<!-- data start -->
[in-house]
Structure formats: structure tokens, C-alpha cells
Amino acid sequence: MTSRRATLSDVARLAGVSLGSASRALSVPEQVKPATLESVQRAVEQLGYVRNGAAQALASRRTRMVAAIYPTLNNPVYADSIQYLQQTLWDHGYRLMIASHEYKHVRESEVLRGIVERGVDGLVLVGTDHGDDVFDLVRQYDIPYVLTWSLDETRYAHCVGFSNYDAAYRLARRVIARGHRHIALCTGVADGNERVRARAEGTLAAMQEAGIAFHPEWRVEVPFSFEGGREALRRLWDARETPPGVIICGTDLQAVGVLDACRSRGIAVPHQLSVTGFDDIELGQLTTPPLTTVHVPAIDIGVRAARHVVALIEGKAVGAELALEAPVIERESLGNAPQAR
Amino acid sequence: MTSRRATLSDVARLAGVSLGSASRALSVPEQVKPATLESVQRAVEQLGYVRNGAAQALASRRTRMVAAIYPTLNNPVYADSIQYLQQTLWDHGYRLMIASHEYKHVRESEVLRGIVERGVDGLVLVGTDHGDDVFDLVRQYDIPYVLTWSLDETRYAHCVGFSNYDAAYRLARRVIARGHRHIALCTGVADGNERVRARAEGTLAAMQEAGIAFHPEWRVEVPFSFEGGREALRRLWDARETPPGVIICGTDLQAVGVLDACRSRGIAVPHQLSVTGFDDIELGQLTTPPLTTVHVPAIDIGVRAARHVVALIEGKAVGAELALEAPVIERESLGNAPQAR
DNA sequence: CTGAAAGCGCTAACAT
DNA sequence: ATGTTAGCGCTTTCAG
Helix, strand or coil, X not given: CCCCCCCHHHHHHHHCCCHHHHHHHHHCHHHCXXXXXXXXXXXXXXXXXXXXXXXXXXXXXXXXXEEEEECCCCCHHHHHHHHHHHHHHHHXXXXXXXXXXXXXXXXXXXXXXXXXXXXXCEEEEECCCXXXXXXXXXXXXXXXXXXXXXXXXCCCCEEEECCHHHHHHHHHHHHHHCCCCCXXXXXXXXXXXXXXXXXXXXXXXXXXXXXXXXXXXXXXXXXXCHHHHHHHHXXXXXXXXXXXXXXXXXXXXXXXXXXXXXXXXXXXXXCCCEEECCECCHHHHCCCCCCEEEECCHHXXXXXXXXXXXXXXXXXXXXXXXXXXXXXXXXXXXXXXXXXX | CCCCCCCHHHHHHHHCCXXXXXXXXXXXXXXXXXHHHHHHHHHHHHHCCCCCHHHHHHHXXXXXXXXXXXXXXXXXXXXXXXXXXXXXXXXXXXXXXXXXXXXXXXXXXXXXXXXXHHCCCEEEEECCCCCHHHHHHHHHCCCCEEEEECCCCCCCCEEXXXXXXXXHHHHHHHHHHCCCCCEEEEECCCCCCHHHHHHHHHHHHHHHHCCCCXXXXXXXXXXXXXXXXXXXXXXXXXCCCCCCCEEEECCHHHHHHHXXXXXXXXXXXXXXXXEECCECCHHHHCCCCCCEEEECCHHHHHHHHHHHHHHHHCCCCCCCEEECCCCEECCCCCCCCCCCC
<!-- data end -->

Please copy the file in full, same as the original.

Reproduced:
[in-house]
Structure formats: structure tokens, C-alpha cells
Amino acid sequence: MTSRRATLSDVARLAGVSLGSASRALSVPEQVKPATLESVQRAVEQLGYVRNGAAQALASRRTRMVAAIYPTLNNPVYADSIQYLQQTLWDHGYRLMIASHEYKHVRESEVLRGIVERGVDGLVLVGTDHGDDVFDLVRQYDIPYVLTWSLDETRYAHCVGFSNYDAAYRLARRVIARGHRHIALCTGVADGNERVRARAEGTLAAMQEAGIAFHPEWRVEVPFSFEGGREALRRLWDARETPPGVIICGTDLQAVGVLDACRSRGIAVPHQLSVTGFDDIELGQLTTPPLTTVHVPAIDIGVRAARHVVALIEGKAVGAELALEAPVIERESLGNAPQAR
Amino acid sequence: MTSRRATLSDVARLAGVSLGSASRALSVPEQVKPATLESVQRAVEQLGYVRNGAAQALASRRTRMVAAIYPTLNNPVYADSIQYLQQTLWDHGYRLMIASHEYKHVRESEVLRGIVERGVDGLVLVGTDHGDDVFDLVRQYDIPYVLTWSLDETRYAHCVGFSNYDAAYRLARRVIARGHRHIALCTGVADGNERVRARAEGTLAAMQEAGIAFHPEWRVEVPFSFEGGREALRRLWDARETPPGVIICGTDLQAVGVLDACRSRGIAVPHQLSVTGFDDIELGQLTTPPLTTVHVPAIDIGVRAARHVVALIEGKAVGAELALEAPVIERESLGNAPQAR
DNA sequence: CTGAAAGCGCTAACAT
DNA sequence: ATGTTAGCGCTTTCAG
Helix, strand or coil, X not given: CCCCCCCHHHHHHHHCCCHHHHHHHHHCHHHCXXXXXXXXXXXXXXXXXXXXXXXXXXXXXXXXXEEEEECCCCCHHHHHHHHHHHHHHHHXXXXXXXXXXXXXXXXXXXXXXXXXXXXXCEEEEECCCXXXXXXXXXXXXXXXXXXXXXXXXCCCCEEEECCHHHHHHHHHHHHHHCCCCCXXXXXXXXXXXXXXXXXXXXXXXXXXXXXXXXXXXXXXXXXXCHHHHHHHHXXXXXXXXXXXXXXXXXXXXXXXXXXXXXXXXXXXXXCCCEEECCECCHHHHCCCCCCEEEECCHHXXXXXXXXXXXXXXXXXXXXXXXXXXXXXXXXXXXXXXXXXX | CCCCCCCHHHHHHHHCCXXXXXXXXXXXXXXXXXHHHHHHHHHHHHHCCCCCHHHHHHHXXXXXXXXXXXXXXXXXXXXXXXXXXXXXXXXXXXXXXXXXXXXXXXXXXXXXXXXXHHCCCEEEEECCCCCHHHHHHHHHCCCCEEEEECCCCCCCCEEXXXXXXXXHHHHHHHHHHCCCCCEEEEECCCCCCHHHHHHHHHHHHHHHHCCCCXXXXXXXXXXXXXXXXXXXXXXXXXCCCCCCCEEEECCHHHHHHHXXXXXXXXXXXXXXXXEECCECCHHHHCCCCCCEEEECCHHHHHHHHHHHHHHHHCCCCCCCEEECCCCEECCCCCCCCCCCC